BIDE-2D: Bayesian Inference of Differential Expression in 2D-PAGE
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BIDE-2D: Bayesian Inference of Differential Expression in 2D-PAGE

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Abstract Background Two-dimensional polyacrylamide gel electrophoresis (2D PAGE) is commonly used to identify differentially expressed proteins under two or more experimental or observational conditions. Wu et al (2009) developed a univariate probabilistic model which was used to identify differential expression between Case and Control groups, by applying a Likelihood Ratio Test (LRT) to each protein on a 2D PAGE. In contrast to commonly used statistical approaches, this model takes into account the two possible causes of missing values in 2D PAGE: either (1) the non-expression of a protein; or (2) a level of expression that falls below the limit of detection.

Results We develop a global Bayesian model which extends the previously described model. Unlike the univariate approach, the model reported here is able treat all differentially expressed proteins simultaneously. Whereas each protein is modelled by the univariate likelihood function previously described, several global distributions are used to model the underlying relationship between the parameters associated with individual proteins. These global distributions are able to combine information from each protein to give more accurate estimates of the true parameters. In our implementation of the procedure, all parameters are recovered by Markov chain Monte Carlo (MCMC) integration. The 95% highest posterior density (HPD) intervals for the marginal posterior distributions are used to determine whether differences in protein expression are due to differences in mean expression intensities, and/or differences in the probabilities of expression.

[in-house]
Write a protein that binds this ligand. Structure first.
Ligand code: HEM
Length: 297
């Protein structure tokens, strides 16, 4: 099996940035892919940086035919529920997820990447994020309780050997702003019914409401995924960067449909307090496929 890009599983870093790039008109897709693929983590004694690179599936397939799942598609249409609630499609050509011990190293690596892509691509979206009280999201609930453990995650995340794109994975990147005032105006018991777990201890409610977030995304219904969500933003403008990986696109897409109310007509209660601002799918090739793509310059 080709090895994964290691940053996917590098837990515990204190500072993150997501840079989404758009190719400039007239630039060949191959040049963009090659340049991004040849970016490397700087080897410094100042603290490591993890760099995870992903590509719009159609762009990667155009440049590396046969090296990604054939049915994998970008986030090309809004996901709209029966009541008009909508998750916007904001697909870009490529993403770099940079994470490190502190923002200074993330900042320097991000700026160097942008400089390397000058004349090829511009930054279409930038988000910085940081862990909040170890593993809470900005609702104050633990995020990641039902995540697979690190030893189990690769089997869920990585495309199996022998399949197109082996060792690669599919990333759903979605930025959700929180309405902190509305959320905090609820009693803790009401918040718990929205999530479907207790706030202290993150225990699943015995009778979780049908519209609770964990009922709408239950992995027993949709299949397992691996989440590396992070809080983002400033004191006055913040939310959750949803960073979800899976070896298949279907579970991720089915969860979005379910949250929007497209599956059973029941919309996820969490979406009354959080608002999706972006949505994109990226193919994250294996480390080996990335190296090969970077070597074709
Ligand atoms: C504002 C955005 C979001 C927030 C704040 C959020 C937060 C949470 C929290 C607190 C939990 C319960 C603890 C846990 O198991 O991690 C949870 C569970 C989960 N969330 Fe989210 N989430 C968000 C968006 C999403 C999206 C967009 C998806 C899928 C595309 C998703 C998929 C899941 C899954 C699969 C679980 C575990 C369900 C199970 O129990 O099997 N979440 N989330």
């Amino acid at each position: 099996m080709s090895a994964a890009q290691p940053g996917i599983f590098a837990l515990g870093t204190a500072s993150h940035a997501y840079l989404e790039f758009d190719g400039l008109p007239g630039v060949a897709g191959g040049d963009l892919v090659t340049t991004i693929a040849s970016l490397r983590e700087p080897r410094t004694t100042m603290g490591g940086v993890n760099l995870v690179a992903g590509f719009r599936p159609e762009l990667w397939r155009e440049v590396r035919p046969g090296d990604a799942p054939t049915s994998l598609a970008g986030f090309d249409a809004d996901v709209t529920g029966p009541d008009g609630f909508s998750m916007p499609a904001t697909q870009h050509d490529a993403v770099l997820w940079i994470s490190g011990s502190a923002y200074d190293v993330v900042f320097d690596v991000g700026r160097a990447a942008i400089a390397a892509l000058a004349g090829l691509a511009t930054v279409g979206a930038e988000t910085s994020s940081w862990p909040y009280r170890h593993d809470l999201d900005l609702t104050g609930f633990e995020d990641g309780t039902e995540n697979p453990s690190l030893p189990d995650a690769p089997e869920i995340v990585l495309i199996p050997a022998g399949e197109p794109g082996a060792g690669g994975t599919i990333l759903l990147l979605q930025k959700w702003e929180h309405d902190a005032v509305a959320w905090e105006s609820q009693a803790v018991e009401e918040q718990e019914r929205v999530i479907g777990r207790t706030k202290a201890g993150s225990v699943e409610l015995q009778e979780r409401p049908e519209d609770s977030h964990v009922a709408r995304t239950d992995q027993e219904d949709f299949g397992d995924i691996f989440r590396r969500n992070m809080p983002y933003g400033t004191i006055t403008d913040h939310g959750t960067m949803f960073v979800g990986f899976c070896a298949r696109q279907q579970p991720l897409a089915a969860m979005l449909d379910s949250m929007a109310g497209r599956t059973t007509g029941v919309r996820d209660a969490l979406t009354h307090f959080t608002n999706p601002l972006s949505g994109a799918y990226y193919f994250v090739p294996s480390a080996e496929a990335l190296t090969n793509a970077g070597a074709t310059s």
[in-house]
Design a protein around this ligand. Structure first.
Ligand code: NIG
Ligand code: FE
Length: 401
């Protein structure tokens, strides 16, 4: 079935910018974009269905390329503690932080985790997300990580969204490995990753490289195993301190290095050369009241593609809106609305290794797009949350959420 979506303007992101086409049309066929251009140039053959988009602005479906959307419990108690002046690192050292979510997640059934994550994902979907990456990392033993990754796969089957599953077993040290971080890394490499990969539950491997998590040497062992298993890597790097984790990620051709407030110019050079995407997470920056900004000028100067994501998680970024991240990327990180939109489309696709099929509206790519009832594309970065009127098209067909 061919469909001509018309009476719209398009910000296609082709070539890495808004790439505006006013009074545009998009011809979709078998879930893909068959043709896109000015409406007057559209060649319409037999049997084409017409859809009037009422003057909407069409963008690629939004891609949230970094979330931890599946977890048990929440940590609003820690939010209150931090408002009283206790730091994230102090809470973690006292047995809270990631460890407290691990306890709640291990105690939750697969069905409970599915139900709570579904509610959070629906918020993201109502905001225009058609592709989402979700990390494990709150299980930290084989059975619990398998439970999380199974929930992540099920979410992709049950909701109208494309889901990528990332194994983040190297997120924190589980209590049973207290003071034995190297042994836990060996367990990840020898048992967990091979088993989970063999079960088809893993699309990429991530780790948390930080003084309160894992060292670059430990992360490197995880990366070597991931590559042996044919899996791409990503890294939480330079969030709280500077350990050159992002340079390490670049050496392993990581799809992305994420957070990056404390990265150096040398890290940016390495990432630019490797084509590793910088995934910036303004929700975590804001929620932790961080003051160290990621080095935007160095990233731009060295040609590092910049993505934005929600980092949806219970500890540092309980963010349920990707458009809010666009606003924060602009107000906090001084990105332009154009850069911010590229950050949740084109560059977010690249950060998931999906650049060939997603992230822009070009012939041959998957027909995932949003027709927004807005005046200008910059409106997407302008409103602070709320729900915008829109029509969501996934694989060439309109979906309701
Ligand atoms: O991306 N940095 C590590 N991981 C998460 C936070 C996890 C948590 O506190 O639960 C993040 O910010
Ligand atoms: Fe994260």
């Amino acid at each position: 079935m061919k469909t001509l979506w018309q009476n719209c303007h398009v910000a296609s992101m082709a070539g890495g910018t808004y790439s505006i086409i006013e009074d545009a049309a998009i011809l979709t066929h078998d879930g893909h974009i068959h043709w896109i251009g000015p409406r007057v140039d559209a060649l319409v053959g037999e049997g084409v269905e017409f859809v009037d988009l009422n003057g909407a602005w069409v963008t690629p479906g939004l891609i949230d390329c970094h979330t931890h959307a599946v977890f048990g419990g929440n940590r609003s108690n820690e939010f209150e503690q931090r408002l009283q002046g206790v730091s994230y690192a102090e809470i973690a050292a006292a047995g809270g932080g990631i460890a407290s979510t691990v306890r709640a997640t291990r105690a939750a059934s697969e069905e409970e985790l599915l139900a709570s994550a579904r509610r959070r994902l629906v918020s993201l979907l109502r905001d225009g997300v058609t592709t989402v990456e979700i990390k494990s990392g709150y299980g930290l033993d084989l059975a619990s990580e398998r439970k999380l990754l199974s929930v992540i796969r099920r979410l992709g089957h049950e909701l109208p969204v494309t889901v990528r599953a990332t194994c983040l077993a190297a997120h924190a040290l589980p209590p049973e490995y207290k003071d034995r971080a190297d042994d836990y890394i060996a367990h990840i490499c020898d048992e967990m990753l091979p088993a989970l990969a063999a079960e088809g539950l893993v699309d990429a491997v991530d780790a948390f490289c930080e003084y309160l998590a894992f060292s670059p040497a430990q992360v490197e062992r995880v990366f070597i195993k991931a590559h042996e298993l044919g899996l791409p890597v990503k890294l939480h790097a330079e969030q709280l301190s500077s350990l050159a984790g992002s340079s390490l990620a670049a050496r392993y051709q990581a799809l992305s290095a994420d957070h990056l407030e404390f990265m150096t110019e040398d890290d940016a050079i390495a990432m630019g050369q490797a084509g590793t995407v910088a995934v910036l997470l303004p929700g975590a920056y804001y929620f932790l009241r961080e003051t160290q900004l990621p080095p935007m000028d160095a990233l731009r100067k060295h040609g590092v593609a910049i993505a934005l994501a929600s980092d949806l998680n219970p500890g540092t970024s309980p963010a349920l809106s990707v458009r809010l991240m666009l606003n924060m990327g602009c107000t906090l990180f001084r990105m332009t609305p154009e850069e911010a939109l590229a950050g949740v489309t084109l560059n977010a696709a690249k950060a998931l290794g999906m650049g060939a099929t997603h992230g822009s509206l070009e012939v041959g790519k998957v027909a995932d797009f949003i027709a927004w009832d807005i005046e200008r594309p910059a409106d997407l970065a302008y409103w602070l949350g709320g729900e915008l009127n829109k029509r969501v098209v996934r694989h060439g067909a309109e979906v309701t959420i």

Conclusions Simulation analyses showed that the global model is able to accurately recover the underlying global distributions, and identify more differentially expressed proteins than the simple application of a LRT. Additionally, simulations also indicate that the probability of incorrectly identifying a protein as differentially expressed (i.e., the False Discovery Rate) is very low.